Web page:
The Keystone XL pipeline was denied by the Obama administration in 2015 after huge backlash from environmentalists. The company behind the project, TransCanada, responded by suing the U.S. under the North American Free Trade Agreement (NAFTA).
In 2004, former president George W. Bush signed an executive order requiring all pipelines crossing international borders to undergo an inter-agency review led by the State Department. The Trump administration may alter this in order to move forward with Keystone XL with less red tape.
If completed, the Keystone XL pipeline would carry oil from the tar sands of Canada’s Alberta province to Texas.
Controversy has surrounded the Dakota Access pipeline since protests started back in April 2016. Last month the Army Corps of Engineers denied the permit required to complete the project, but the owners of the pipeline, Energy Transfer Partners, insisted they would complete the pipeline no matter what.
Dave Archambault II, chairman of the Standing Rock Sioux Tribe, responded to the order:
“President Trump is legally required to honor our treaty rights and provide a fair and reasonable pipeline process. Americans know this pipeline was unfairly rerouted towards our nation and without our consent. The existing pipeline route risks infringing on our treaty rights, contaminating our water and the water of 17 million Americans downstream.”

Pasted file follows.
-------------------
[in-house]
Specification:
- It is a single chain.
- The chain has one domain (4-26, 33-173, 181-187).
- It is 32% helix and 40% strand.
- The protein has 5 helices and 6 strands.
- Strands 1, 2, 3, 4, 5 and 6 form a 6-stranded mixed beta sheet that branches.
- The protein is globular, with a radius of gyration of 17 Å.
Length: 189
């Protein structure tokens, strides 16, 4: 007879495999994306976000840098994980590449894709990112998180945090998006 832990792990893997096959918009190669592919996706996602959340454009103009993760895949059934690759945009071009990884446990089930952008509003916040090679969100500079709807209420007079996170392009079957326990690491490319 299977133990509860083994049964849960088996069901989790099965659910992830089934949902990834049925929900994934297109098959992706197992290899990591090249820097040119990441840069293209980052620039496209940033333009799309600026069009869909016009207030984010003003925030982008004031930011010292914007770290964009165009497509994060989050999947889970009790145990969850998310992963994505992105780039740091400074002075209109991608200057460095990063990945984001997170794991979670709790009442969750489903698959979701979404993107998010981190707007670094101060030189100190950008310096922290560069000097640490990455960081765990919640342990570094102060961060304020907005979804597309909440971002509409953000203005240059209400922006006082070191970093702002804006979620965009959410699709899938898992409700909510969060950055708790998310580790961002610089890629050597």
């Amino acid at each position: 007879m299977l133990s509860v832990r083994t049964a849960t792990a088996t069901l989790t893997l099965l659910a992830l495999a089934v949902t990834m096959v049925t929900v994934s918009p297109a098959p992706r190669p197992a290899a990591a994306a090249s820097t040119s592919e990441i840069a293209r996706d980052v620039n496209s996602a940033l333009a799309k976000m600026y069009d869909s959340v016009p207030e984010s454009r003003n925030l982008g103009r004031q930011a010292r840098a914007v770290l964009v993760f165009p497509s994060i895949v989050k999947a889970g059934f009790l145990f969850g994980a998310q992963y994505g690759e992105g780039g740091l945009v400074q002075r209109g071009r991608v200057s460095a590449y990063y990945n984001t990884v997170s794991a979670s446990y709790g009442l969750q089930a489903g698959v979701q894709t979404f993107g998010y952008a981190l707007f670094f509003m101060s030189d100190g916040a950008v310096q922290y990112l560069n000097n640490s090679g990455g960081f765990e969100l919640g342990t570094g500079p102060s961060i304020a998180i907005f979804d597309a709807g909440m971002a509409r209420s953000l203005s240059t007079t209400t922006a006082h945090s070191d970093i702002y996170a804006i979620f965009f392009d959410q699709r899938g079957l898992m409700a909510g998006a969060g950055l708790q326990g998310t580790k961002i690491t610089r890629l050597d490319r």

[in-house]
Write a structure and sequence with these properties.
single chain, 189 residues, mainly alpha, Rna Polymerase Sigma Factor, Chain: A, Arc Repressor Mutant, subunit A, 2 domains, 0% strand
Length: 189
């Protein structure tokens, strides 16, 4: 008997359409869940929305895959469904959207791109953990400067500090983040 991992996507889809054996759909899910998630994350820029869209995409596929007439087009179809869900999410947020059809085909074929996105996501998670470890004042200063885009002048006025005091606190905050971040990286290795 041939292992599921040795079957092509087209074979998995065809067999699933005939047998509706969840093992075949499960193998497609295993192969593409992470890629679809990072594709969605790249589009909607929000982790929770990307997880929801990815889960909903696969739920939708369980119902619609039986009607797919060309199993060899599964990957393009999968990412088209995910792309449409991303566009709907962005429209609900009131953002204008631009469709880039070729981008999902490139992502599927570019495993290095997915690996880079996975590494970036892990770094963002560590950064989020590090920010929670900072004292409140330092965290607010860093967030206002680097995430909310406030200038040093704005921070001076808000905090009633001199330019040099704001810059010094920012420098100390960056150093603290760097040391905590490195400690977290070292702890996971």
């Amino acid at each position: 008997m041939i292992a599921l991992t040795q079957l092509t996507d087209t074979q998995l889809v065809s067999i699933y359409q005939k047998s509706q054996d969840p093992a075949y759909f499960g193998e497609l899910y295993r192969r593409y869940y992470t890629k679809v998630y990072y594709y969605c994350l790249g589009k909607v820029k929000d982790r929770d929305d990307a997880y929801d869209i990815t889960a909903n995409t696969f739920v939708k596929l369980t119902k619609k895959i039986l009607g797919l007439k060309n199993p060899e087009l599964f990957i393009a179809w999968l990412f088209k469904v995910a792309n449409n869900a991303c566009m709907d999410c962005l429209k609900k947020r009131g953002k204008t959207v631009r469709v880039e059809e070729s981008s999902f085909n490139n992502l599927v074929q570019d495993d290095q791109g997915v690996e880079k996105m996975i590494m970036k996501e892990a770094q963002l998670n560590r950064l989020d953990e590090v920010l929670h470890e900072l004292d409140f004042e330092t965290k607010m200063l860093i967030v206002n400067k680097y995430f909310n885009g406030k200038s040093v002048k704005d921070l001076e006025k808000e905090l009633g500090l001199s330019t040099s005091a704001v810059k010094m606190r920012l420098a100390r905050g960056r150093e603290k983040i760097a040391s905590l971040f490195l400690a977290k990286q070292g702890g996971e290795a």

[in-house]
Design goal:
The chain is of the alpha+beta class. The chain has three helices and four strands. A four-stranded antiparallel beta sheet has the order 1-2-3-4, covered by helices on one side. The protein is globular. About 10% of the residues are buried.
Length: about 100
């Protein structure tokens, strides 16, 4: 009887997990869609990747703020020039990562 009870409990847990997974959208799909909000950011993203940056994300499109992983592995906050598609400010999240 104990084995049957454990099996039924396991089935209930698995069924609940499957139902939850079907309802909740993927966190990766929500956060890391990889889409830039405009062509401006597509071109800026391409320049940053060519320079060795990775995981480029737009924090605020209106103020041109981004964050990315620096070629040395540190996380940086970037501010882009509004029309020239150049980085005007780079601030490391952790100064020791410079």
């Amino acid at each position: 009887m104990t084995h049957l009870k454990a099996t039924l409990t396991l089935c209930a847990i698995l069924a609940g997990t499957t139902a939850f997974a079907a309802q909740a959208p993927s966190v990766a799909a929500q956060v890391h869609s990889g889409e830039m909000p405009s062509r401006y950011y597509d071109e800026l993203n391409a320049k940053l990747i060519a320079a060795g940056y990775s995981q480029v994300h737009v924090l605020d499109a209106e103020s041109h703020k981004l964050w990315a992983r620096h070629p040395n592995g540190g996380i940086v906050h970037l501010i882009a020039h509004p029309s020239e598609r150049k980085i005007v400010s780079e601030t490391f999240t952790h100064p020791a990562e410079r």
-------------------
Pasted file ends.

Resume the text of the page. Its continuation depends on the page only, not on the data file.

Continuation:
Last week a U.S. District Court Judge, James Boesberg, denied DAPL attorneys’ attempt to stop the Army Corp from completing an environmental impact statement (EIS) on the current proposed route.
It was revealed last year that President Trump owned stock in Energy Transfer Partners. A spokeswoman for Trump claims that he has since sold his stake in the company, though no evidence has been presented to prove this.
Although the Trump administration claims that greenlighting new pipelines will create energy security for Americans, both pipeline’s oil will most likely be exported. Think Progress reported in 2011 the oil from Keystone XL is earmarked for export, and Energy Transfer Partners has thus far declined to say whether the oil from Dakota Access would be used for domestic use.
As Bill KcKibben of 350.org stated, “More people sent comments against Dakota Access and Keystone XL to the government than any project in history. The world’s climate scientists and its Nobel laureates explained over and over why it was unwise and immoral. In one of his first actions as president, Donald Trump ignores all that in his eagerness to serve the oil industry.”